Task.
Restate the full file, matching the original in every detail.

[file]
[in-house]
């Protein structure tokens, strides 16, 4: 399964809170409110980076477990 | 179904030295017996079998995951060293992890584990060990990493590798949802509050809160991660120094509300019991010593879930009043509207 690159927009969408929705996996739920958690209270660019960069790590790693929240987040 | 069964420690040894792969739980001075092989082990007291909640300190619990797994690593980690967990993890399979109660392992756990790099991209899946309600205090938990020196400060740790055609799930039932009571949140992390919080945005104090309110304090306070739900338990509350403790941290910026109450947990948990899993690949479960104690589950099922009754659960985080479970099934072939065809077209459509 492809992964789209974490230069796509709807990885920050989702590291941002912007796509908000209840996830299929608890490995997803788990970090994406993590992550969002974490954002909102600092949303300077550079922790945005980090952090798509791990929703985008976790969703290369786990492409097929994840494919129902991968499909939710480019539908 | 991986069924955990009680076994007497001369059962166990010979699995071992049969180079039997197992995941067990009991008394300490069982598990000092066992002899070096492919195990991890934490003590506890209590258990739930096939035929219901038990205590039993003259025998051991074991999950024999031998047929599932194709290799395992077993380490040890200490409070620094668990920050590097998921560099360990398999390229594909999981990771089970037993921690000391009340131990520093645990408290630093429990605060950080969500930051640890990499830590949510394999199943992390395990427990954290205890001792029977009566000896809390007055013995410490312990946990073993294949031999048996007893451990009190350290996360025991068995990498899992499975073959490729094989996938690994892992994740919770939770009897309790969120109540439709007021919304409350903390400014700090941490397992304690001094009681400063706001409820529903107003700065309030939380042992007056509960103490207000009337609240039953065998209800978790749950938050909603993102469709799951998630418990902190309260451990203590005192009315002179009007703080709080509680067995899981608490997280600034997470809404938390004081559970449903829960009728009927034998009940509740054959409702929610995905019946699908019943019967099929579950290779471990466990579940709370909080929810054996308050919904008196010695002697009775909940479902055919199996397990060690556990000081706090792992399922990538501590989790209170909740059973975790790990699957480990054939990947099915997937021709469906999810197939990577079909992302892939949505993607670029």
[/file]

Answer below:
[in-house]
């Protein structure tokens, strides 16, 4: 399964809170409110980076477990 | 179904030295017996079998995951060293992890584990060990990493590798949802509050809160991660120094509300019991010593879930009043509207 690159927009969408929705996996739920958690209270660019960069790590790693929240987040 | 069964420690040894792969739980001075092989082990007291909640300190619990797994690593980690967990993890399979109660392992756990790099991209899946309600205090938990020196400060740790055609799930039932009571949140992390919080945005104090309110304090306070739900338990509350403790941290910026109450947990948990899993690949479960104690589950099922009754659960985080479970099934072939065809077209459509 492809992964789209974490230069796509709807990885920050989702590291941002912007796509908000209840996830299929608890490995997803788990970090994406993590992550969002974490954002909102600092949303300077550079922790945005980090952090798509791990929703985008976790969703290369786990492409097929994840494919129902991968499909939710480019539908 | 991986069924955990009680076994007497001369059962166990010979699995071992049969180079039997197992995941067990009991008394300490069982598990000092066992002899070096492919195990991890934490003590506890209590258990739930096939035929219901038990205590039993003259025998051991074991999950024999031998047929599932194709290799395992077993380490040890200490409070620094668990920050590097998921560099360990398999390229594909999981990771089970037993921690000391009340131990520093645990408290630093429990605060950080969500930051640890990499830590949510394999199943992390395990427990954290205890001792029977009566000896809390007055013995410490312990946990073993294949031999048996007893451990009190350290996360025991068995990498899992499975073959490729094989996938690994892992994740919770939770009897309790969120109540439709007021919304409350903390400014700090941490397992304690001094009681400063706001409820529903107003700065309030939380042992007056509960103490207000009337609240039953065998209800978790749950938050909603993102469709799951998630418990902190309260451990203590005192009315002179009007703080709080509680067995899981608490997280600034997470809404938390004081559970449903829960009728009927034998009940509740054959409702929610995905019946699908019943019967099929579950290779471990466990579940709370909080929810054996308050919904008196010695002697009775909940479902055919199996397990060690556990000081706090792992399922990538501590989790209170909740059973975790790990699957480990054939990947099915997937021709469906999810197939990577079909992302892939949505993607670029």